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Tag Archives: Commands of Jesus

If your right eye causes you to sin, tear it out and throw it away. For it is better that you lose one of your members than that your whole body be thrown into hell.  And if your right hand causes you to sin, cut it off and throw it away. For it is better that you lose one of your members than that your whole body go into hell.

Matthew 5:29-30

In the Sermon on the Mount, Jesus says something that must certainly have seized His hearers’ attention: “If your right eye causes you to stumble, gouge it out and throw it away. It is better for you to lose one part of your body than for your whole body to be thrown into hell. And if your right hand causes you to stumble, cut it off and throw it away. It is better for you to lose one part of your body than for your whole body to go into hell” (Matthew 5:29–30). Jesus repeats the admonition in Matthew 18:8–9, except there He adds the need to dispense with a foot as well as a hand and an eye.

The graphic word pictures of Matthew 5 and Matthew 18 still grab attention today, and they raise the question of how literally we should take Jesus’ commands in these passages. Does Jesus actually mean to say that we should pluck out our eyes or sever a hand if we are prone to sin? It may be of comfort to know that Jesus’ instructions in these particular verses are not meant to be taken literally. We need not mutilate our bodies as a punishment for our sin. Rather, Jesus means that we should be prepared to make exceptional sacrifices if we want to follow Him (see Matthew 16:24).

Jesus had just warned His audience against using their eyes for lustful purposes (Matthew 5:28), so His prescribed remedy for lust—to pluck out an eye—makes sense, in a radical sort of way. But it is the radical nature of His statement that makes it so memorable.

When Jesus advises us to pluck out a sinful eye or cut off an unruly hand, He is employing a figure of speech known as hyperbole. Hyperbole is an obvious exaggeration or an intentional overstatement. Examples of hyperbole in modern speech would include statements like “This bag of groceries weighs a ton,” “I’ve been waiting forever,” and “Everyone knows that.” The apostle Paul uses hyperbolic language in Galatians 4:15. Hyperbole, like other figures of speech, is not meant to be taken literally.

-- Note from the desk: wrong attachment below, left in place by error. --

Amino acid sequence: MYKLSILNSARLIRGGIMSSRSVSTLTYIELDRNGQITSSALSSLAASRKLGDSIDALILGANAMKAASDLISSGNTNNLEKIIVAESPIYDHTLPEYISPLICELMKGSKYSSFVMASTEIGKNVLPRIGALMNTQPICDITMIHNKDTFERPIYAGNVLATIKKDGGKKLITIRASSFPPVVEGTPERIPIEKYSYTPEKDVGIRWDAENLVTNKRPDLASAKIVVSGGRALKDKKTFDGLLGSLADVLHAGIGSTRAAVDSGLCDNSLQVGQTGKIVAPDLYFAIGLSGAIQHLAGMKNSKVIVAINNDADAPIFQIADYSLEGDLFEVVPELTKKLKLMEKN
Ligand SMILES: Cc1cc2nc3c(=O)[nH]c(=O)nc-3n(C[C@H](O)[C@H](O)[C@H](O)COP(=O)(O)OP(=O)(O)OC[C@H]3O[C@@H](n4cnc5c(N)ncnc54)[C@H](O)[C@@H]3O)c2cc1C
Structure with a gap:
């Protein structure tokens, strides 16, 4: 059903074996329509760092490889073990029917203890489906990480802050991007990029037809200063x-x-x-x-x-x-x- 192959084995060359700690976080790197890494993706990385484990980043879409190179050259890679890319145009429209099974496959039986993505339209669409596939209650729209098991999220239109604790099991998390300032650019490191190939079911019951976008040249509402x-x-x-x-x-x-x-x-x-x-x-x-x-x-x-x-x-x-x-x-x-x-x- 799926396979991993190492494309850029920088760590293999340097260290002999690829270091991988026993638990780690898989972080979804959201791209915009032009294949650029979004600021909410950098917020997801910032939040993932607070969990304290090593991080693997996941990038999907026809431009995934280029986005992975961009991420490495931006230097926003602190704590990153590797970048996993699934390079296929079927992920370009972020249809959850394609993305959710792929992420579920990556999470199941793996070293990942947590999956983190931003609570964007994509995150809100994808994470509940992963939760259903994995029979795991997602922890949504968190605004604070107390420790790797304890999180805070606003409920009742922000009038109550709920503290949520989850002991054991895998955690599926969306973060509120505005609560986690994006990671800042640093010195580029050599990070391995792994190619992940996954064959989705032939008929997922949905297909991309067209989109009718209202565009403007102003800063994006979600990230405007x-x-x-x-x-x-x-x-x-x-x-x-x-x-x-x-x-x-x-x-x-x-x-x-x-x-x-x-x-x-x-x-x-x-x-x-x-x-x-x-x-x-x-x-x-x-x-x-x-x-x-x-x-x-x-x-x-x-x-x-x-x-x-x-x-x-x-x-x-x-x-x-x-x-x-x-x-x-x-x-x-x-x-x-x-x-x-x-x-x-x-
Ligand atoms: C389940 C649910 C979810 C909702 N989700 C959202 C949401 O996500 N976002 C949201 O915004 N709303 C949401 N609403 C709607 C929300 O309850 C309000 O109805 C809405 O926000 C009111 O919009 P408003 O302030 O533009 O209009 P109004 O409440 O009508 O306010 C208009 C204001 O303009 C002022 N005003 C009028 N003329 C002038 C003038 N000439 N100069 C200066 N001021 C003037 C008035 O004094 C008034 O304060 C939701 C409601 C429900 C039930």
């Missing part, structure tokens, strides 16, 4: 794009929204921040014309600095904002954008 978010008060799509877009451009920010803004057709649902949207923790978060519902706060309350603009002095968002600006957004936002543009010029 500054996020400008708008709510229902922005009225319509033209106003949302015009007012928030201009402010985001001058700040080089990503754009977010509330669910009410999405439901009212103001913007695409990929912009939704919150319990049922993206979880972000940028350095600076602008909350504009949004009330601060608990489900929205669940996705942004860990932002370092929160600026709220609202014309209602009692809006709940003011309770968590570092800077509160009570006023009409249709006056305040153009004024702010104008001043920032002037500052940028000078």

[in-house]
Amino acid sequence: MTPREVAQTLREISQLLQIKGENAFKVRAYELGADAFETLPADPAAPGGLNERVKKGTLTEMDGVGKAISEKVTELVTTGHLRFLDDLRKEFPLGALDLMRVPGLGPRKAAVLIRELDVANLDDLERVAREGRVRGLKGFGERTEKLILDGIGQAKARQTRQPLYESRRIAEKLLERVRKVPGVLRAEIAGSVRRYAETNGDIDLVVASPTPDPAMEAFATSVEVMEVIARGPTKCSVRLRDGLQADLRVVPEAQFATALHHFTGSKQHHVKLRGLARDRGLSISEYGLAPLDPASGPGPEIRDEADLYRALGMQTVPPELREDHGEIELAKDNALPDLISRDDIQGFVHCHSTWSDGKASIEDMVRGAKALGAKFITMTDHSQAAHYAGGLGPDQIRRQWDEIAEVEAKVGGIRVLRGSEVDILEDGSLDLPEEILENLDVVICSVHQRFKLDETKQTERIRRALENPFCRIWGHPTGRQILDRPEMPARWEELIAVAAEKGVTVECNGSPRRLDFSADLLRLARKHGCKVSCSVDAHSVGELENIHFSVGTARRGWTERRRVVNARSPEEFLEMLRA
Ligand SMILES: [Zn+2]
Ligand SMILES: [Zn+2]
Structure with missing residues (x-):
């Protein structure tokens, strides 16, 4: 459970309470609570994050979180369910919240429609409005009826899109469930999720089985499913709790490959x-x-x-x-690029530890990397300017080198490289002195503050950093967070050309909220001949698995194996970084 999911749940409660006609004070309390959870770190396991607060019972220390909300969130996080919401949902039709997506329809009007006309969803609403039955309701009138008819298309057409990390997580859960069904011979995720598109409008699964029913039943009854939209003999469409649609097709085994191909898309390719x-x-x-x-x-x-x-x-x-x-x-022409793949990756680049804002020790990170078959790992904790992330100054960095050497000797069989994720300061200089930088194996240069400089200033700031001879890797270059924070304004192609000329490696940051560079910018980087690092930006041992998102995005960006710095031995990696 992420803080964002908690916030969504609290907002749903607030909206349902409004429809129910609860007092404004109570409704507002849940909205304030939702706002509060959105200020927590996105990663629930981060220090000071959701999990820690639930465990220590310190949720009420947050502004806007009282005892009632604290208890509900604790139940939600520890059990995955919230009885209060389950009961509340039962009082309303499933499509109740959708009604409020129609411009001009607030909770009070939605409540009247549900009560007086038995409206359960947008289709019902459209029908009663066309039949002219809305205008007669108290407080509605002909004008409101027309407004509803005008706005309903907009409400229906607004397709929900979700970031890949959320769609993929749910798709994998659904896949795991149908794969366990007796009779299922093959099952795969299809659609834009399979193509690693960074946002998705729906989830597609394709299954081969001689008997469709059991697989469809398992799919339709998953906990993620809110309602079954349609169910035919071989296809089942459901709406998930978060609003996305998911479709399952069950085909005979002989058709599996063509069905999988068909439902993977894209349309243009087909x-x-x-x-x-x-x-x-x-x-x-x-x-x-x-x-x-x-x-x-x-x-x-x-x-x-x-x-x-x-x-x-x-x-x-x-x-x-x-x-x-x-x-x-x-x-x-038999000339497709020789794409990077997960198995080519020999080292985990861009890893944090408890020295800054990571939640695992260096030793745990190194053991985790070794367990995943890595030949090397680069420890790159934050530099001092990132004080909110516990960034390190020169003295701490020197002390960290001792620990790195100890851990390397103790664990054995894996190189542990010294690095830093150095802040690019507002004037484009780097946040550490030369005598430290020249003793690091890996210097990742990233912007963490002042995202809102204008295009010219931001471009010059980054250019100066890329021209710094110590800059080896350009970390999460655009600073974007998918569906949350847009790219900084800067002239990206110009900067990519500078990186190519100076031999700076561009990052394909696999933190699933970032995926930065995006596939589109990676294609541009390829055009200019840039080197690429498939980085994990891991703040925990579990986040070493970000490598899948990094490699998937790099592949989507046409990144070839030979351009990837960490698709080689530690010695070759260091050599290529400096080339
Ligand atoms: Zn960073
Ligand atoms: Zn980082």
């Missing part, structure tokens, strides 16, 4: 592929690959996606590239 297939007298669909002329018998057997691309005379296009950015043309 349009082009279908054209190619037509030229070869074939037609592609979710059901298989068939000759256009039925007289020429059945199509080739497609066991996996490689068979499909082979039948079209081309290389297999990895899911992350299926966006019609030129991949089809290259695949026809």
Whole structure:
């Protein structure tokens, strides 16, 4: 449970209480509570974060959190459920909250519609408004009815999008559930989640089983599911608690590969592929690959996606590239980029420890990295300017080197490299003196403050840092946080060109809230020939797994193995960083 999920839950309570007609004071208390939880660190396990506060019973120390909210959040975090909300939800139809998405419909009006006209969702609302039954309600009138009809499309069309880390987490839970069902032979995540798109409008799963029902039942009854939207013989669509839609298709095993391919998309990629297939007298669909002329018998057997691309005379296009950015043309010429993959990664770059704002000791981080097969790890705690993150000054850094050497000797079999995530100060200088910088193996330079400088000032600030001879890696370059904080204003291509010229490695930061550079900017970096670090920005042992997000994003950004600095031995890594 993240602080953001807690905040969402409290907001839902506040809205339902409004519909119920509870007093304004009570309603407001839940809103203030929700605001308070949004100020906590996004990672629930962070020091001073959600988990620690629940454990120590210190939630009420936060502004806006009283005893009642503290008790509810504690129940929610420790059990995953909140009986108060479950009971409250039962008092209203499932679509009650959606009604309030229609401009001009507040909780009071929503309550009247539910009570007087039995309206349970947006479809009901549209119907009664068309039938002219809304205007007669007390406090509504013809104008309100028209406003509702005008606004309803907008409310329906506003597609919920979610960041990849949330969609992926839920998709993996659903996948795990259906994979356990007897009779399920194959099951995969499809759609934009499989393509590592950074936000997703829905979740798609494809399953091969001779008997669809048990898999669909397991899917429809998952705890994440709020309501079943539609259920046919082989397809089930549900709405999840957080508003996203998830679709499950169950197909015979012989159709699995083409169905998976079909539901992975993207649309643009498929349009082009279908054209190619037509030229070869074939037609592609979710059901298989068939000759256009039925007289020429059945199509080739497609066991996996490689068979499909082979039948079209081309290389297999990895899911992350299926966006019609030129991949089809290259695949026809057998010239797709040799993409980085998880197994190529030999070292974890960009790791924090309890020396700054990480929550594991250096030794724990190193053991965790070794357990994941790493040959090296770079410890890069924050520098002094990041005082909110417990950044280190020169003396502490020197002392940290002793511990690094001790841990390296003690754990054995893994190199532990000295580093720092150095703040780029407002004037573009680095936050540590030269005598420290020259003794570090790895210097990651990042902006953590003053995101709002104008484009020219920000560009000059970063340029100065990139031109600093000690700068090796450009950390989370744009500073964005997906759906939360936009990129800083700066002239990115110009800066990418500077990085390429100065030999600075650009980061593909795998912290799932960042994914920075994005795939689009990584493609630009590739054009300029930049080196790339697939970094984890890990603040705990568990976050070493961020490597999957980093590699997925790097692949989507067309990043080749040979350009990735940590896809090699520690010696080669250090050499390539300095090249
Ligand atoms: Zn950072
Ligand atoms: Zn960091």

Jesus’ purpose in saying, hyperbolically, that sinners should pluck out their eyes or cut off their hands is to magnify in His hearers’ minds the heinous nature of sin. Sin is any action or thought that is contrary to the character of God. The result of sin is death, from which Jesus wants to preserve us (see Hebrews 2:9). Jesus warns of hell because He doesn’t want people to go there (Matthew 5:29–30).

Sin takes people to hell (see Revelation 21:8), and that makes sin something to avoid at all costs. Jesus says that, whatever is causing you to sin, take drastic measures to get that thing out of your life. “It is better for you to enter life maimed or crippled than to have two hands or two feet and be thrown into eternal fire. . . . It is better for you to enter life with one eye than to have two eyes and be thrown into the fire of hell” (Matthew 18:8–9). Nothing is worth missing heaven for. Nothing is worth going to hell for. Nothing.

God takes sin seriously—seriously enough to sacrifice His only begotten Son to destroy it. We must take sin seriously as well. A lack of repentance is a crime punishable by eternal death. It is better to deny our flesh—to pluck out an eye or cut off a hand, as it were—than to risk sinning against God. God demands holiness (1 Peter 1:15), but we naturally tend to pamper ourselves and excuse our sin. That is why we need Jesus’ shocking, radical hyperbole to wake us from our spiritual complacency.